TheRustJungle

Youngstown Steel Door

Austintown, O. - Founded in 1924, Youngstown Steel Door was primarily known as a builder of boxcar doors and rail car sides. Prior to it's closing in the 2000s, Steel Door converted to a war time manufacturer in the 40s that employed quite a few females according to the photos available on the Ohio Memory collection website.  Rosie the Steelworker built external fuel tanks for some of the most legendary fighter planes of the Second World War. See below for a sampling of those, as well as a photo of their outgoing products from the mid 50s courtesy of Bob Abbatto. Stay tuned for a full post featuring some of the photos Bob took in Youngstown, specifically the West Side, during the industrial heyday of the Valley.

 

 

Details on the fuel tanks built at Steel Door.

Fabricating the tanks featured above.

Below: Steel doors shipping out from Youngstown Steel Door in the mid 50s, on what was then the Erie RR. When I was a kid this line, which ran near my house, was the Youngstown and Austintown RR aka my playground.

Youngstown Sheet and Tube Campbell Works

Campbell, O. - The boys in the Open Hearth department receiving their award for 1,000,000 man hours without a major injury.

My pops made his living, until shortly after Black Monday, hauling hot slag out of the Open Hearth in Campbell. I wonder if he knew these guys. He drove a slag truck for Industrial Mill Service until they shut down the Campbell works. He was working night turn, and after his last shift running to the slag dump he and his coworkers went for a drink to drown their sorrows. He said they went to a "social club" in Struthers called Saint Anthony's that served liquor at 7am on a Sunday, which I'm assuming was against Ohio liquor laws haha. 

A story he told me when I was younger still sticks with me. Apparently a ladle accidentally spilled hot metal on the floor in the mill, and they needed to get it cleaned up in a hurry. They loaded the molten metal into the open top dump trucks they used to haul the slag. It was so hot that the sides of the trailer were glowing red. The Christmas decorations were up in downtown Strudders, you know the wreaths and what not they hang from the streetlights. The decorations were melting off of the poles when he stopped under them, and the people walking down the street were taking cover from the heat radiating from the trailer.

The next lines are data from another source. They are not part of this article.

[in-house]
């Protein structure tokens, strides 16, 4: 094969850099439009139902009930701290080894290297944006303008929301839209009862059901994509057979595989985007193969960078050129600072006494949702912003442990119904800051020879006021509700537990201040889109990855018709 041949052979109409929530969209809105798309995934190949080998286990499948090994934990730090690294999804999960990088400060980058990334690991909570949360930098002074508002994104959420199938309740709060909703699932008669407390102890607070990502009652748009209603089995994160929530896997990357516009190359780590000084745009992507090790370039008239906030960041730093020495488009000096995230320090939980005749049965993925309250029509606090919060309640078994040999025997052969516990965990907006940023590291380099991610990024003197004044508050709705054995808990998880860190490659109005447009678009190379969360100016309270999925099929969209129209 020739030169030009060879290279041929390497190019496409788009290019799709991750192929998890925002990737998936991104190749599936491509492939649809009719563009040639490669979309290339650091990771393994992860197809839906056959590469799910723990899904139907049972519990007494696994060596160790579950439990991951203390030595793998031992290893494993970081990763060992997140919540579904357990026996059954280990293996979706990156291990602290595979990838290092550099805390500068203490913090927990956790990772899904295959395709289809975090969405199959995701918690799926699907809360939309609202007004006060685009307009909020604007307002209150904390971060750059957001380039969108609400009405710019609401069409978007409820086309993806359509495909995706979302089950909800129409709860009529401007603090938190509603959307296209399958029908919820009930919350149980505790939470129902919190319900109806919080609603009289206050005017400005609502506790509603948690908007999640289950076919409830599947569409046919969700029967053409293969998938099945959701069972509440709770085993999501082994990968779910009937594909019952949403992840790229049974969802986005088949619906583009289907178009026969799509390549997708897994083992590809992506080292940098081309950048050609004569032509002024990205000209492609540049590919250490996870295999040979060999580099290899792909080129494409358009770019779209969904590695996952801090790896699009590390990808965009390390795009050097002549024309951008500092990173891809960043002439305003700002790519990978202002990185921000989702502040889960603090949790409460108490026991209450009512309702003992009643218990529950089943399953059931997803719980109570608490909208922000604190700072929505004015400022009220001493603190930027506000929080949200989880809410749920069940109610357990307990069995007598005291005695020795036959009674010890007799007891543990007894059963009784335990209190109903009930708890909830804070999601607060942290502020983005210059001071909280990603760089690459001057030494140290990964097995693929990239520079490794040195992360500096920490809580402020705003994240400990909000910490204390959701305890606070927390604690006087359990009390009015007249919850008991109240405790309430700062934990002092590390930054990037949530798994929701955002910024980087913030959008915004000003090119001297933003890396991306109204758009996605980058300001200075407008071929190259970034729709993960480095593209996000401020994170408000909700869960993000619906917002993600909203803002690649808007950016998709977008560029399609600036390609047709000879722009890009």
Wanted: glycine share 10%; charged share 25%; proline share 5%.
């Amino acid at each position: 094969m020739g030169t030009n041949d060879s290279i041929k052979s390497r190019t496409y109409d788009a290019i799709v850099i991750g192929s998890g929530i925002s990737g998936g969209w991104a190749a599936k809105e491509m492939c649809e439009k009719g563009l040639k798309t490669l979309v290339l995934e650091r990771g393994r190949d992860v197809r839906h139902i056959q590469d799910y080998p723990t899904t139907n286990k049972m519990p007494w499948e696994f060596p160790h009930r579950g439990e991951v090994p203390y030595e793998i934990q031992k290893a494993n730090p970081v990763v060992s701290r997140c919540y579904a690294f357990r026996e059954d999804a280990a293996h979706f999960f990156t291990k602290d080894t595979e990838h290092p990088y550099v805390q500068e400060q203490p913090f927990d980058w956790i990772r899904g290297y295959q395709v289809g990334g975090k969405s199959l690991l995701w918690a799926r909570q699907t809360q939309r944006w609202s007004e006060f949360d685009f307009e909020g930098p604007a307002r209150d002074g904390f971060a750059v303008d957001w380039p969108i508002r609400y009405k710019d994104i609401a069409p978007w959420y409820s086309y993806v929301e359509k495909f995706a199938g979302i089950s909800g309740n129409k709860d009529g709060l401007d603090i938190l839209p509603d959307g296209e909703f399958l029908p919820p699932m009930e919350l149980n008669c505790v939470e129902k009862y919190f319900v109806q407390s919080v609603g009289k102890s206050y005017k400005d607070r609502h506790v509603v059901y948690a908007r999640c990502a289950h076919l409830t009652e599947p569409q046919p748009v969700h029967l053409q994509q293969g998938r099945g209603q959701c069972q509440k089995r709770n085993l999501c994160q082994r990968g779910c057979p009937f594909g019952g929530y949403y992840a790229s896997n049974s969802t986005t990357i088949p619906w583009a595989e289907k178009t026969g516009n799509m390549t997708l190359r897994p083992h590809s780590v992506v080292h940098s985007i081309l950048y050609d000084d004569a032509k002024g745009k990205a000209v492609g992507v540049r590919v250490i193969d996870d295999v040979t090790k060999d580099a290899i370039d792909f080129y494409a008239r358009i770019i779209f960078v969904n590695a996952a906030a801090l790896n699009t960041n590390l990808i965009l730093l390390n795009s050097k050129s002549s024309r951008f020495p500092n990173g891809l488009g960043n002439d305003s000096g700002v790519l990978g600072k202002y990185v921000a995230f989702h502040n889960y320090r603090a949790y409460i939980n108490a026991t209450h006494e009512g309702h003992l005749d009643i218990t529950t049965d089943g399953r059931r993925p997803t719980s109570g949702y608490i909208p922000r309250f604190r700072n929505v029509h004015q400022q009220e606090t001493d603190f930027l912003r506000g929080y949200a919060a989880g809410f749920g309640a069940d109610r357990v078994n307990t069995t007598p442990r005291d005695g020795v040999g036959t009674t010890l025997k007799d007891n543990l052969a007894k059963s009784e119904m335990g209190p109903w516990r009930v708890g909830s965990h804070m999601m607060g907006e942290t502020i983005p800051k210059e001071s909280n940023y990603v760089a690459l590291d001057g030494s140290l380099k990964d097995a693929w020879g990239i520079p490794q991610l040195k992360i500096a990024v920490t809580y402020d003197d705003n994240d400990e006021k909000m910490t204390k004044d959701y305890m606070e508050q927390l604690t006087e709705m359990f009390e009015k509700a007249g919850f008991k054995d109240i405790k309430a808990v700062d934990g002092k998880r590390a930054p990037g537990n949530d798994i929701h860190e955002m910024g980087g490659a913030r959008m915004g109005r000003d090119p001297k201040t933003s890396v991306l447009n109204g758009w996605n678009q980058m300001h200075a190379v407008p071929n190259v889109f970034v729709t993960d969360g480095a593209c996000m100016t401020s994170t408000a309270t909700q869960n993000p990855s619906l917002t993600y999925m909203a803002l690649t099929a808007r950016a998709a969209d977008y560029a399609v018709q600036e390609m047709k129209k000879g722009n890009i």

WILLIAM B. POLLOCK, Co.

Youngstown, O. - "The End of a Long and Proud History" This is a sad one. This company built blast furnaces and hot metal transportation equipment that was not only used in the Steel Valley, but all over the world. They lasted 120 years. The tombstone in the bottom right of the photo reads "Pollock Company 1863 - 1983 Laid to Rest by GATX"  Present in this photo: Front, left to right: Barry Shultz, Bill Kasmer, Tom Hull, Jim Roper, Emily, Joan, Ray, Bob, Bill Hill, John Titak, Bill Deak, Jim Slifka, Mike Kohl, unknown, and Joe Bunosky. To right side of grave marker: Sam Muscatell, unknown, and Dwayne Schonce. Back row: Laddie Bodnor, Roger Powell, and Chester Queen. Images courtesy of Ohio History Connection.

 

The Final Shipment

Here are some images of employees dating back to the early days of the company

1910 -  Cinder Car 

1910 - Fabrication Crew - Could be building Cowper stoves for a blast furnace.

1910 - Showing off new safety goggles.

1940s/50s - Line of Pollock Co. cinder cars with US Steel's Edgar Thompson works in the background.